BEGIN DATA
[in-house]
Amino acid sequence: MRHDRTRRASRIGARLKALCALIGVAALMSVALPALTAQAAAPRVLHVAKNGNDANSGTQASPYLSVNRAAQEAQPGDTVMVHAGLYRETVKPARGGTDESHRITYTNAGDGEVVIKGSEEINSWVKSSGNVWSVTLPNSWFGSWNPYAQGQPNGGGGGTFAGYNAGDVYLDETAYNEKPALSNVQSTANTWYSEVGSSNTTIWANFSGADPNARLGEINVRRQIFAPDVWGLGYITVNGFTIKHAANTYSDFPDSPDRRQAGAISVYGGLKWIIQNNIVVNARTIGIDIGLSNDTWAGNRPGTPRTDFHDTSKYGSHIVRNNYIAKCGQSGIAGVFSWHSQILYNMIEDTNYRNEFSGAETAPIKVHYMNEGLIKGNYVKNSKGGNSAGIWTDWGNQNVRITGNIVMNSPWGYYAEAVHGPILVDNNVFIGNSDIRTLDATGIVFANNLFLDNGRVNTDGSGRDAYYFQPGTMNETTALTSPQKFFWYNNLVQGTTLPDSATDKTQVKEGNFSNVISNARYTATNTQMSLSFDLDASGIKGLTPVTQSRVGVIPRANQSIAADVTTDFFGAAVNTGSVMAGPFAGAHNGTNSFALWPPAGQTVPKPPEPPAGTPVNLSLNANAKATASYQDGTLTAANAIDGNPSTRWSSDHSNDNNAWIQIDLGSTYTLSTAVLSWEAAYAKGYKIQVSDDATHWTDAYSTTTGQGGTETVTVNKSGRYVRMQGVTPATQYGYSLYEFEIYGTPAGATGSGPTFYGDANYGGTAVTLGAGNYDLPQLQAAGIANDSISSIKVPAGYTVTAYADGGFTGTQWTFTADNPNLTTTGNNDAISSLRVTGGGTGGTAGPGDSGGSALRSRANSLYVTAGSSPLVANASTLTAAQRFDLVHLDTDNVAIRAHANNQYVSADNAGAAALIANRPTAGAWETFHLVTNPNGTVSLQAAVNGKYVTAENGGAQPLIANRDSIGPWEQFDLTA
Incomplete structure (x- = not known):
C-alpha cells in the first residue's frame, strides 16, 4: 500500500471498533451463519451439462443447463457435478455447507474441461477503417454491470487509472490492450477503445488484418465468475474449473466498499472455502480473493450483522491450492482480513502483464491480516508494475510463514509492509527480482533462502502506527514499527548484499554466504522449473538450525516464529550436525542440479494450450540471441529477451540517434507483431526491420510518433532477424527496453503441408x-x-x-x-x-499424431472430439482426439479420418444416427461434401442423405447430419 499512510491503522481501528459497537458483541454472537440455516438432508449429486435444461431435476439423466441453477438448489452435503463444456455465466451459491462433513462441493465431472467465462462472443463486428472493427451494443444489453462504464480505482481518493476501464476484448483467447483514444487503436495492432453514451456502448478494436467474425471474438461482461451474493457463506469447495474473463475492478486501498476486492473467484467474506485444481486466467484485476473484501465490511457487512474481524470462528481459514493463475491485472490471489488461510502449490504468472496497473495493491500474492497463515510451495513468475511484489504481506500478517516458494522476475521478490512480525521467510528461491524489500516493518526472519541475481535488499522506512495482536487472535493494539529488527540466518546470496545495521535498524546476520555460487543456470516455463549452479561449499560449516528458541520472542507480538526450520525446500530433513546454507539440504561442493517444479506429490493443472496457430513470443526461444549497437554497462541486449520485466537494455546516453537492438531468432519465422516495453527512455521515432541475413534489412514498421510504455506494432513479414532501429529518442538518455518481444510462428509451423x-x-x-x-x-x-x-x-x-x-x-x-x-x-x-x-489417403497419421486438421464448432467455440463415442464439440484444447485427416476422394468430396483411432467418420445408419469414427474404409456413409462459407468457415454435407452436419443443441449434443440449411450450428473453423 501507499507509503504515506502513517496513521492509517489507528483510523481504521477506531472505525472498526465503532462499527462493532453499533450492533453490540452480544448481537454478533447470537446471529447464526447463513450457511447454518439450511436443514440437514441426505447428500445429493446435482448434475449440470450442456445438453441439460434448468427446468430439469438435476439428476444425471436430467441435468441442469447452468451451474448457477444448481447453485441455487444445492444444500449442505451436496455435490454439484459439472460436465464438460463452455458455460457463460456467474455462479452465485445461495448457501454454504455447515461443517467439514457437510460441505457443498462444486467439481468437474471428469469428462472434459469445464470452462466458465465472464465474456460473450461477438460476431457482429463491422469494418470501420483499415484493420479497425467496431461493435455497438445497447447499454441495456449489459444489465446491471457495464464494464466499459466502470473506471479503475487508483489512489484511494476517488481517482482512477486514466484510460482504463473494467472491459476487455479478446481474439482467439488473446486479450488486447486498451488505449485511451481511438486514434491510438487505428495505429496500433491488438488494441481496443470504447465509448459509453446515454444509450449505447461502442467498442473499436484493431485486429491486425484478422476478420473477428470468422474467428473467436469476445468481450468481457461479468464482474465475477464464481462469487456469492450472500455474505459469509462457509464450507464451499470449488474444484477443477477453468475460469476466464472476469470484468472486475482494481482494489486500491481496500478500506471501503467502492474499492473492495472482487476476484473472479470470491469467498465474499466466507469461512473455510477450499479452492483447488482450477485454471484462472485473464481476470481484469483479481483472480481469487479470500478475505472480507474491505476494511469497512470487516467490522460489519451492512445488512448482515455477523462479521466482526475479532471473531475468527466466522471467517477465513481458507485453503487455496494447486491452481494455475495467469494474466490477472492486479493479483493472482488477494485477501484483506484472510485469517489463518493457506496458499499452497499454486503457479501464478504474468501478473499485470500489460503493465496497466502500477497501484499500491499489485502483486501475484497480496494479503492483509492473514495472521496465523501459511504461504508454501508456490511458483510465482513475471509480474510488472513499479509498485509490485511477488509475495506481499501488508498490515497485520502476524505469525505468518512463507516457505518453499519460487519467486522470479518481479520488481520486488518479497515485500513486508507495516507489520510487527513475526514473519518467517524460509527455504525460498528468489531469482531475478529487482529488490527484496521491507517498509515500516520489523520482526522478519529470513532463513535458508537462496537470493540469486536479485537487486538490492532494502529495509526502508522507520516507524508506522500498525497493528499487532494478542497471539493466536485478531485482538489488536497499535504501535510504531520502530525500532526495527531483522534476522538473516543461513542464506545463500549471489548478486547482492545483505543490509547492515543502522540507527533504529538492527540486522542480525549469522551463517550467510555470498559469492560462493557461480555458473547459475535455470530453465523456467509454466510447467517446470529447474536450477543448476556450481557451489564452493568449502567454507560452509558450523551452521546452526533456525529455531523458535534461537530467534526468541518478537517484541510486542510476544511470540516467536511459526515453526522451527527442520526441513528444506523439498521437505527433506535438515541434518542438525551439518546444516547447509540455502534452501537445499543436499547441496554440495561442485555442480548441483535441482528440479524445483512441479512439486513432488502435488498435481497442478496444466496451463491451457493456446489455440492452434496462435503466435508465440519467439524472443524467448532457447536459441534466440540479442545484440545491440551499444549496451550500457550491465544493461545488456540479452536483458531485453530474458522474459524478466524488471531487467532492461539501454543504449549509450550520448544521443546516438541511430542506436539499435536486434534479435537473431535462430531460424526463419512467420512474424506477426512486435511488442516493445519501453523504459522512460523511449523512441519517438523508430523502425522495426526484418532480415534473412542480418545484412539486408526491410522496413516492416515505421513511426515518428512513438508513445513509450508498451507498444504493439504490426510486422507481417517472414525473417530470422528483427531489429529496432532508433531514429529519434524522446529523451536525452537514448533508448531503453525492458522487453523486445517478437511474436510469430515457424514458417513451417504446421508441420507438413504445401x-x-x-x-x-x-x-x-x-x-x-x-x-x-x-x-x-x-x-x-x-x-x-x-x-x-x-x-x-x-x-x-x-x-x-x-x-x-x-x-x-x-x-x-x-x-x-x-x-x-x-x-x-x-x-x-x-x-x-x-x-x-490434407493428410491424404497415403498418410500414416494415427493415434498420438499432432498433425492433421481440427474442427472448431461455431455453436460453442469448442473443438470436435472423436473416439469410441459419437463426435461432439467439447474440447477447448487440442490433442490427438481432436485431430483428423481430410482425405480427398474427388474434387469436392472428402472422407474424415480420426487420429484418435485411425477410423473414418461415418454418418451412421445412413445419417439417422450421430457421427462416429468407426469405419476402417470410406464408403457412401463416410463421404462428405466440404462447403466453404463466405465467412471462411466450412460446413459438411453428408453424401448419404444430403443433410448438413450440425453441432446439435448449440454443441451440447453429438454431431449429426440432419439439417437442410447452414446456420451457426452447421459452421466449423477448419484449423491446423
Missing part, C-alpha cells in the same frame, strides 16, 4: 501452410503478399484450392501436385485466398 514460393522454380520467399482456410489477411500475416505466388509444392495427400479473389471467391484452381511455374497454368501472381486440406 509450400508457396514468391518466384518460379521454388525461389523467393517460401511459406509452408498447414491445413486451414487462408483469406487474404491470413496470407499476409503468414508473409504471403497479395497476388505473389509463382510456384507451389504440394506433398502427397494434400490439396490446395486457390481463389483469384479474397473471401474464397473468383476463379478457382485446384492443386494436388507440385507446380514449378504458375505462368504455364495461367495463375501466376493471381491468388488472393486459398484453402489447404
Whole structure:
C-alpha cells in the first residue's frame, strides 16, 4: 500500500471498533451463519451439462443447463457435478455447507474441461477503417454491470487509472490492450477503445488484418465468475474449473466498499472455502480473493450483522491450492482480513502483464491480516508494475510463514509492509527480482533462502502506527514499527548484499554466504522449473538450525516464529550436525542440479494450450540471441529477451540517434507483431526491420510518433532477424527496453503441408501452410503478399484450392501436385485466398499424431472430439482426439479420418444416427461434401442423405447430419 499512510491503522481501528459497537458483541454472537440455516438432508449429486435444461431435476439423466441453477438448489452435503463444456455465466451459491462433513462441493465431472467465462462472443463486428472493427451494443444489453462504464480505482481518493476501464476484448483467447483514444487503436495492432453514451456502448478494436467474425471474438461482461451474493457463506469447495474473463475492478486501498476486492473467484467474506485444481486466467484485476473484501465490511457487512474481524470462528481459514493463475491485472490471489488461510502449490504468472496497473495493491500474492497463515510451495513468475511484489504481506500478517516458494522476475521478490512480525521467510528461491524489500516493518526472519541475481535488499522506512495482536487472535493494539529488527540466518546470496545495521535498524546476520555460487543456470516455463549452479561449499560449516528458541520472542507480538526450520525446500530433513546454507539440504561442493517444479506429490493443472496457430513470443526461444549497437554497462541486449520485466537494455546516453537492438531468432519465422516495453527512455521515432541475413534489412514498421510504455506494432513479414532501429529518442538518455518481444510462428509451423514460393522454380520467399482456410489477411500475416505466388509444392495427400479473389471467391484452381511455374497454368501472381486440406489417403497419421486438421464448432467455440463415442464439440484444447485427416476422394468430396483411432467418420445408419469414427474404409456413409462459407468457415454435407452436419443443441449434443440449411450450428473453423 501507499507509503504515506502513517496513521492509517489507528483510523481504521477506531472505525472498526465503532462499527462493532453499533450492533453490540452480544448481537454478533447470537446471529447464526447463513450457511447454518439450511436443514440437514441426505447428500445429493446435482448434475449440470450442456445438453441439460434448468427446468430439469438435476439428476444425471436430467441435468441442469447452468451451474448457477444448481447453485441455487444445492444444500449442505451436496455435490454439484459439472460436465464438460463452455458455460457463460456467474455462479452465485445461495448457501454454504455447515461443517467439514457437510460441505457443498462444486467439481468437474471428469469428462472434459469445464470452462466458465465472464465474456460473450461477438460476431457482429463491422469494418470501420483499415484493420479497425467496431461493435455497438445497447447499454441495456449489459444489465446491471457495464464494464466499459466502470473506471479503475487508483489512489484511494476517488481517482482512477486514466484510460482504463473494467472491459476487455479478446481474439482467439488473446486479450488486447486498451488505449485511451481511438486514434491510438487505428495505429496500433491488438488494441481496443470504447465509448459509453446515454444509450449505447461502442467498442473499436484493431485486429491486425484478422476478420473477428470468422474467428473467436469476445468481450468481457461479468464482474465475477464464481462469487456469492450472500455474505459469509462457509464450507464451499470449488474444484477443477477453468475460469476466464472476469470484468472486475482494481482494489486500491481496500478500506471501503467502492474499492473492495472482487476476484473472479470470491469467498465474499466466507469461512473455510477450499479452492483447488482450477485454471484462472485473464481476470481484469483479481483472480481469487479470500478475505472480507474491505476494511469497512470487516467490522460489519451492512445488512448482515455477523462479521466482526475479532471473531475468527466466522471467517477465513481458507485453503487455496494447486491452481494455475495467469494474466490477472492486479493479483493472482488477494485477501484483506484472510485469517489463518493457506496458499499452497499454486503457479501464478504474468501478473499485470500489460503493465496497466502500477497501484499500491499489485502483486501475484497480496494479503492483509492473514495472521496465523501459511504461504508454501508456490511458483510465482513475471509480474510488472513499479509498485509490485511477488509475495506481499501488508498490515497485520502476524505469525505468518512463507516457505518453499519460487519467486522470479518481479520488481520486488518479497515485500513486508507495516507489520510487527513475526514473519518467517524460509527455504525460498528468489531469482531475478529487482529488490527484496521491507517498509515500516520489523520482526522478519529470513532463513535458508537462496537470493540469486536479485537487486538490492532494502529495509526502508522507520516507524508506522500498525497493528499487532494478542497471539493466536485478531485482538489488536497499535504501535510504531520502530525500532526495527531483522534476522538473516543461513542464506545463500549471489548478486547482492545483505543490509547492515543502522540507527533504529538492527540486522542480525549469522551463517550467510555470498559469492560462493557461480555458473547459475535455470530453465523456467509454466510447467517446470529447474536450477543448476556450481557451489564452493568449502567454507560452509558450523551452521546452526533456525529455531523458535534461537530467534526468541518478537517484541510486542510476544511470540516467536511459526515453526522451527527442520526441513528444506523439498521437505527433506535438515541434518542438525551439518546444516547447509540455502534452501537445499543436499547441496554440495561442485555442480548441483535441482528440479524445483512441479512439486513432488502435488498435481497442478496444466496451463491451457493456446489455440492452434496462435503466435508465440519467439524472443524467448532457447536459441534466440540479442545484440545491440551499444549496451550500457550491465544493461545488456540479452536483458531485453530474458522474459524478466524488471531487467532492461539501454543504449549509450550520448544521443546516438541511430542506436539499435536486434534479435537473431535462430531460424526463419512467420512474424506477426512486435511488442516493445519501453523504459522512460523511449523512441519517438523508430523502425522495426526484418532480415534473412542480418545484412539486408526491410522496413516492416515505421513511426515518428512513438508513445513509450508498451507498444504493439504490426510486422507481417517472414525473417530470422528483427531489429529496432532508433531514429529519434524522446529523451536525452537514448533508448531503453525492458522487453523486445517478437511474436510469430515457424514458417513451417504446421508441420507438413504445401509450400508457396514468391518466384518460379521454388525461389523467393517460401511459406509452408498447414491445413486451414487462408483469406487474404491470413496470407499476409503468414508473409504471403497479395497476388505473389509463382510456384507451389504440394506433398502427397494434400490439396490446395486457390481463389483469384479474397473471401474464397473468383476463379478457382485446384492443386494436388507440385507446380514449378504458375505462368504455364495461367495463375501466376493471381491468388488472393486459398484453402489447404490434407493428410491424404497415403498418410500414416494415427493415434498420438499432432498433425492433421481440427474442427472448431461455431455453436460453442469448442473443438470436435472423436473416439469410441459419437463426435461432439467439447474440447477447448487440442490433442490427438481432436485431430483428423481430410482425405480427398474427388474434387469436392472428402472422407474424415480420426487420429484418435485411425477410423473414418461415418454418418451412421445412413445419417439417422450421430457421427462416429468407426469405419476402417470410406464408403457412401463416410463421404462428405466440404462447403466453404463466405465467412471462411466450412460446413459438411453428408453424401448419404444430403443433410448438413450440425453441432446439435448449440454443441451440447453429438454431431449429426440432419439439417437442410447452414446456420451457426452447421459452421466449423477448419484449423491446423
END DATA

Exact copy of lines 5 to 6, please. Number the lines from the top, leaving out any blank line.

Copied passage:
Missing part, C-alpha cells in the same frame, strides 16, 4: 501452410503478399484450392501436385485466398 514460393522454380520467399482456410489477411500475416505466388509444392495427400479473389471467391484452381511455374497454368501472381486440406 509450400508457396514468391518466384518460379521454388525461389523467393517460401511459406509452408498447414491445413486451414487462408483469406487474404491470413496470407499476409503468414508473409504471403497479395497476388505473389509463382510456384507451389504440394506433398502427397494434400490439396490446395486457390481463389483469384479474397473471401474464397473468383476463379478457382485446384492443386494436388507440385507446380514449378504458375505462368504455364495461367495463375501466376493471381491468388488472393486459398484453402489447404
Whole structure: